Centauri Dreams‘ view is that the more we can learn about asteroids, the better. And the interest isn’t purely scientific. One day we may have to set about nudging an approaching asteroid so as to prevent a collision with Earth, and if that day comes, we’ll need to have a plan in place that depends upon a thorough understanding of these objects and their composition. In the long run, asteroid studies are anything but optional.
The European Space Agency’s Rosetta mission is filling in some of the gaps enroute to comet 67P Churyumov-Gerasimenko. In its sights are two asteroids — 2867-Steins and 21-Lutetia — orbiting between Mars and Jupiter. We’ll learn a lot more about both between now and July of 2010, by which time Rosetta will have viewed each at close range.
Meanwhile, the spacecraft has taken a first look at 21-Lutetia using the onboard OSIRIS (Optical, Spectroscopic, and Infrared Remote Imaging System) instruments. At the time of its observations, the vehicle was roughly 245 million kilometers from the asteroid, which shows up as little more than a bright spot in the early imagery.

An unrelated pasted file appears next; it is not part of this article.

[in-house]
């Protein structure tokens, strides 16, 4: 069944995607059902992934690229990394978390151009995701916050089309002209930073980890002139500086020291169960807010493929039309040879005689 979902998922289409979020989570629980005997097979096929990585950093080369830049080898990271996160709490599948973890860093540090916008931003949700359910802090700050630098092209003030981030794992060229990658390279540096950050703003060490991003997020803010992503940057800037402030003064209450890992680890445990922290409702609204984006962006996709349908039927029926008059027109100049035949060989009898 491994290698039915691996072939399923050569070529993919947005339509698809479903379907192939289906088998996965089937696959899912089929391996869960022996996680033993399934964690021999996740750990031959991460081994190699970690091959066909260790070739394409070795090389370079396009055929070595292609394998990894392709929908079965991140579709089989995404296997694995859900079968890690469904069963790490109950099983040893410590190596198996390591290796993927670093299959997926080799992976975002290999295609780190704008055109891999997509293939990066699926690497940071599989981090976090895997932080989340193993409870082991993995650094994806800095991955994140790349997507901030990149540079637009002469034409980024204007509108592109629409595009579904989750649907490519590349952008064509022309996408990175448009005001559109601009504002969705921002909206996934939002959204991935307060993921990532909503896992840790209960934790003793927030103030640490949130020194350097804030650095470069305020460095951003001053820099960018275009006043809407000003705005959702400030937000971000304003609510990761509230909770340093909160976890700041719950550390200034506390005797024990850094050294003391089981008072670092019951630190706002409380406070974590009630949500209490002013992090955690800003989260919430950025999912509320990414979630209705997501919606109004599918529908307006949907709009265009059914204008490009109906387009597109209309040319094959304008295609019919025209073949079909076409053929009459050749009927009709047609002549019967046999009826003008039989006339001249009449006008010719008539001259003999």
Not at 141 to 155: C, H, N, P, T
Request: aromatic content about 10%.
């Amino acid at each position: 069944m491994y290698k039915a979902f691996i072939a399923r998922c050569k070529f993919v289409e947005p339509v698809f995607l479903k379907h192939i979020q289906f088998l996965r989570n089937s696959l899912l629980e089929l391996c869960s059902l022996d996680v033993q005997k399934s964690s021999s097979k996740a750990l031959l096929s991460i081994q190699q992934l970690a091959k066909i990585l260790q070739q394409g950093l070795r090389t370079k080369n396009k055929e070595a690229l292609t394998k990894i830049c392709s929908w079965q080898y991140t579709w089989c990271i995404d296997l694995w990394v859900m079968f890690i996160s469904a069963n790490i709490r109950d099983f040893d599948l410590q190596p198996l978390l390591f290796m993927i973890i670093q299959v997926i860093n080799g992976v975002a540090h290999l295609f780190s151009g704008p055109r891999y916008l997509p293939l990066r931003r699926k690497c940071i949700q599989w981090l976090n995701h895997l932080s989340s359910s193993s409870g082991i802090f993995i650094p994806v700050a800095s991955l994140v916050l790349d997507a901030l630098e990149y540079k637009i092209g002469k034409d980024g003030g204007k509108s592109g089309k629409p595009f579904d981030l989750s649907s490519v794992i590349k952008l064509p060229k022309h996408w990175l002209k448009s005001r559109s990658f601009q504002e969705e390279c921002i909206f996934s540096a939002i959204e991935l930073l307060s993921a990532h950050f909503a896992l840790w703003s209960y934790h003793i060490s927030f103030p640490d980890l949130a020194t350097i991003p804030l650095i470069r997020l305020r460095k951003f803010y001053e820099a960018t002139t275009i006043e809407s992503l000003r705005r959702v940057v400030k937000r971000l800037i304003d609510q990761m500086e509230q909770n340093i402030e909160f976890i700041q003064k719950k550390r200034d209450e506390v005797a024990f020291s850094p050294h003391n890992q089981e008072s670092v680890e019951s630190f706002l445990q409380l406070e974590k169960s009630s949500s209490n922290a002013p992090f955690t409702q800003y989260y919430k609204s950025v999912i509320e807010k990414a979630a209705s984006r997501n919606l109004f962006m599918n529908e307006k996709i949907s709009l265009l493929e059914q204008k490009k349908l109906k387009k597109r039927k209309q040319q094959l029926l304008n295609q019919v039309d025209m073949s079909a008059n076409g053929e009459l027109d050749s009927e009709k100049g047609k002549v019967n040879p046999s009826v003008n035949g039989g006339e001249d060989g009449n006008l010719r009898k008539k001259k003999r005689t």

So what is Rosetta up to here? The early observations are intended to study the rotation of the 100-kilometer object, analyzing the changes in the intensity of light reaching the instrument. Up next for Rosetta: a swing past Mars that will slingshot the spacecraft toward Earth for yet another gravity assist this coming November. The ultimate objective when the comet is reached is to land a probe on the surface of 67P/Churyumov-Gerasimenko, followed by a two year study.
Image: Asteroid 21-Lutetia, as seen by the spacecraft from a distance of about 245 million kilometres, during a remote-sensing observation campaign of this object that lasted 36 hours. Click on the image to see ESA’s animation of the observing session (and note the occasional flashes, which are the result of cosmic rays hitting the OSIRIS detectors). Credit: ESA/MPS/UPD/LAM/IAA/RSSD/INTA/UPM/DASP/IDA.